Charles Gavan POWER

POWER, The Hon. Charles Gavan, P.C., B.A., LL.L.

Personal Data

Party
Liberal
Constituency
Quebec South (Quebec)
Birth Date
January 18, 1888
Deceased Date
May 30, 1968
Website
https://en.wikipedia.org/wiki/Charles_Gavan_Power
PARLINFO
http://www.parl.gc.ca/parlinfo/Files/Parliamentarian.aspx?Item=a47e2fa3-277a-47c3-8868-2fc0fdddd05a&Language=E&Section=ALL
Profession
lawyer

Parliamentary Career

December 17, 1917 - October 4, 1921
L LIB
  Quebec South (Quebec)
December 6, 1921 - September 5, 1925
LIB
  Quebec South (Quebec)
October 29, 1925 - July 2, 1926
LIB
  Quebec South (Quebec)
September 14, 1926 - May 30, 1930
LIB
  Quebec South (Quebec)
July 28, 1930 - August 14, 1935
LIB
  Quebec South (Quebec)
October 14, 1935 - January 25, 1940
LIB
  Quebec South (Quebec)
  • Minister of Pensions and National Health (October 23, 1935 - September 18, 1939)
  • Postmaster General (September 19, 1939 - May 22, 1940)
March 26, 1940 - April 16, 1945
LIB
  Quebec South (Quebec)
  • Postmaster General (September 19, 1939 - May 22, 1940)
  • Minister of National Defence for Air and Associate Minister of National Defence (May 23, 1940 - November 26, 1944)
  • Minister of National Defence for Air (May 23, 1940 - November 26, 1944)
  • Minister of National Defence (June 11, 1940 - July 4, 1940)
  • Associate Minister of National Defence (July 12, 1940 - November 26, 1944)
June 11, 1945 - April 30, 1949
LIB
  Quebec South (Quebec)
June 27, 1949 - June 13, 1953
LIB
  Quebec South (Quebec)
August 10, 1953 - April 12, 1957
LIB
  Quebec South (Quebec)

Most Recent Speeches (Page 1528 of 1532)


March 27, 1919

Mr. POWER:

Mr. Speaker-

Topic:   26, 19X9
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March 27, 1919

Mr. CHARLES GAVAN POWER (Quebec South):

After having listened for a considerable time to the various opinions expressed, I have come to the conclusion, somewhat reluctantly, I admit, that the inconvenience occasioned to the farmer by the passage of this law will not be greater than the disadvantages which will result to the city worker and dweller should the law not be re-enacted. In common with a great many members of this House I have the greatest possible sympathy with the farming community, so much so that the day before yesterday I voted to remove what I thought was a very substantial grievance under which they were suffering. Unfortunately, Mr. Speaker, a large number of the members of the House who belong to the farming class did not seem to want that grievance removed. Now, Sir, taking those circumstances for granted, I must look to my own constituency, and I find, from letters, telegrams, and communications of all sorts which I have received in the past few days, that the financial, the business, and the working classes of the city of Quebec are almost unanimous in favour of a measure of daylight saving. That being my own conviction as *well as the conviction of my constituency, I will take great pleasure in supporting the resolution introduced by the member for Vancouver South (Mr. Cooper).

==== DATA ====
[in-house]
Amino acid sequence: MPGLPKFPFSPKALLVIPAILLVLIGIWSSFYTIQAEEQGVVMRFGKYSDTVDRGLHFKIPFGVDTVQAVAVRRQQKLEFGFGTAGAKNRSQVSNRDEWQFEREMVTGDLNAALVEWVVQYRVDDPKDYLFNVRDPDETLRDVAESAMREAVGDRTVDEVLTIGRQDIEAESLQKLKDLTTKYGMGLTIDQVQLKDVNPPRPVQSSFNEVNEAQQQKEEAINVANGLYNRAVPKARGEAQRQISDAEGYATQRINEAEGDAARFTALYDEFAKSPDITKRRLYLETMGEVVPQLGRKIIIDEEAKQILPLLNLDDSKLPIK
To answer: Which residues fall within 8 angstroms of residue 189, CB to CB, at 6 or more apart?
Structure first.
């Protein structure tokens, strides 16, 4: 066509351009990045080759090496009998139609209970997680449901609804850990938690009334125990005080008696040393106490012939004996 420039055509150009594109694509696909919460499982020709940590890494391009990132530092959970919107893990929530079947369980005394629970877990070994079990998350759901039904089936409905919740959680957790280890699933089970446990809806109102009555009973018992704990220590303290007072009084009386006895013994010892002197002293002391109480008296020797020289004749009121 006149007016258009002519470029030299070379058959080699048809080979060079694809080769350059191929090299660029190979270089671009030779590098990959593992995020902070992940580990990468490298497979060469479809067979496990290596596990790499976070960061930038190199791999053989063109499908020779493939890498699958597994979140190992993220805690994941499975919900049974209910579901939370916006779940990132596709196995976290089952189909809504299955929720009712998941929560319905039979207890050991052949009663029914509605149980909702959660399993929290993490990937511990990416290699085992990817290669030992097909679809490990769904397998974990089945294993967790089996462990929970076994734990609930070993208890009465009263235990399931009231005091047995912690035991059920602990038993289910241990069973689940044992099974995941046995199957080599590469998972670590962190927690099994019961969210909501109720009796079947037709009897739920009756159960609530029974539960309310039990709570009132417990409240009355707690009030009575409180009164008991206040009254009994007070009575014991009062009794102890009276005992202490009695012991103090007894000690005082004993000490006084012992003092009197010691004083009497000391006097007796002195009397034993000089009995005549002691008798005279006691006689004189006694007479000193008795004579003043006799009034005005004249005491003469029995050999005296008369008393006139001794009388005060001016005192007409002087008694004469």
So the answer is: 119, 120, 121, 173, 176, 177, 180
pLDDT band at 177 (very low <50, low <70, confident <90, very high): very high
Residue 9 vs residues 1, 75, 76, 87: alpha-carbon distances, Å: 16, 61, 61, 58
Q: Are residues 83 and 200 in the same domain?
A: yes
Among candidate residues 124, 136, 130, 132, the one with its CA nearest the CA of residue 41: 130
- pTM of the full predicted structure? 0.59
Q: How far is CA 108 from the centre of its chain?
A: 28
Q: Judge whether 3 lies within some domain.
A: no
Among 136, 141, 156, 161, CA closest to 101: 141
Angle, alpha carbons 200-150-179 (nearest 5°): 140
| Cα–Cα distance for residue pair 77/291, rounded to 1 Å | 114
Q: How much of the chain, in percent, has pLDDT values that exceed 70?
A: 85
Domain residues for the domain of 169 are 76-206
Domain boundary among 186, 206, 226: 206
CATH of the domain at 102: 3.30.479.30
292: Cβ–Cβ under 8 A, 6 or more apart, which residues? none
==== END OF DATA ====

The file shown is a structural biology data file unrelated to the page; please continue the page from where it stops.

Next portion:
Topic:   QUESTIONS.
Subtopic:   DAYLIGHT SAVING.
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March 27, 1919

Mr. C. G. POWER (Quebec South):

Mr. Speaker, I beg to move the adjournment of the debate.

Motion negatived.

Topic:   26, 19X9
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April 5, 1918

Mr. POWER:

thirty or forty thousand, but appeals on the part of individuals were very few. These appeals began to be heard some time in January. The judges heard witnesses, allowed the conscript to state his case, and to be represented by counsel, and the case was heard like an ordinary civil case. Everything went welh Later on, the Government or the Minister of Justice, or someone else in authority-because after my experience with Colonel Machin I do not know just where to place the responsibility -decided that perhaps the law was being too well observed in Quebec, that they reported well, and that their exemptions were being pleaded well. But the rumbling of the storm which broke out this evening, was being heard in the other provinces, and it was suddenly decided to clean up in six weeks the cases which in the ordinary course of events would have taken six months to decide. Hundreds of people were summoned to the courts; relatives and children came to hear these exemption cases. There is nothing discussed except exemption and exemption and exemption. So long as the cases were carefully listened to, nothing was done; but from the moment that a judge was brought from Three Rivers, conditions changed. As a member of the Bar, I have the utmost respect for the Bench, but a certain judge was brought from Three Rivers, and with all the brutality which characterized Judge Jeffries in the worst time of English history, he refused to listen to draftees, treating them rudely, would not allow attorneys to'state their clients' cases, insulted any one who appeared in court

Topic:   ADOLPHE STEIN.
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April 5, 1918

Mr. POWER:

The rumour was that certain of these detectives had torn up papers belonging to exempted men.

Topic:   ADOLPHE STEIN.
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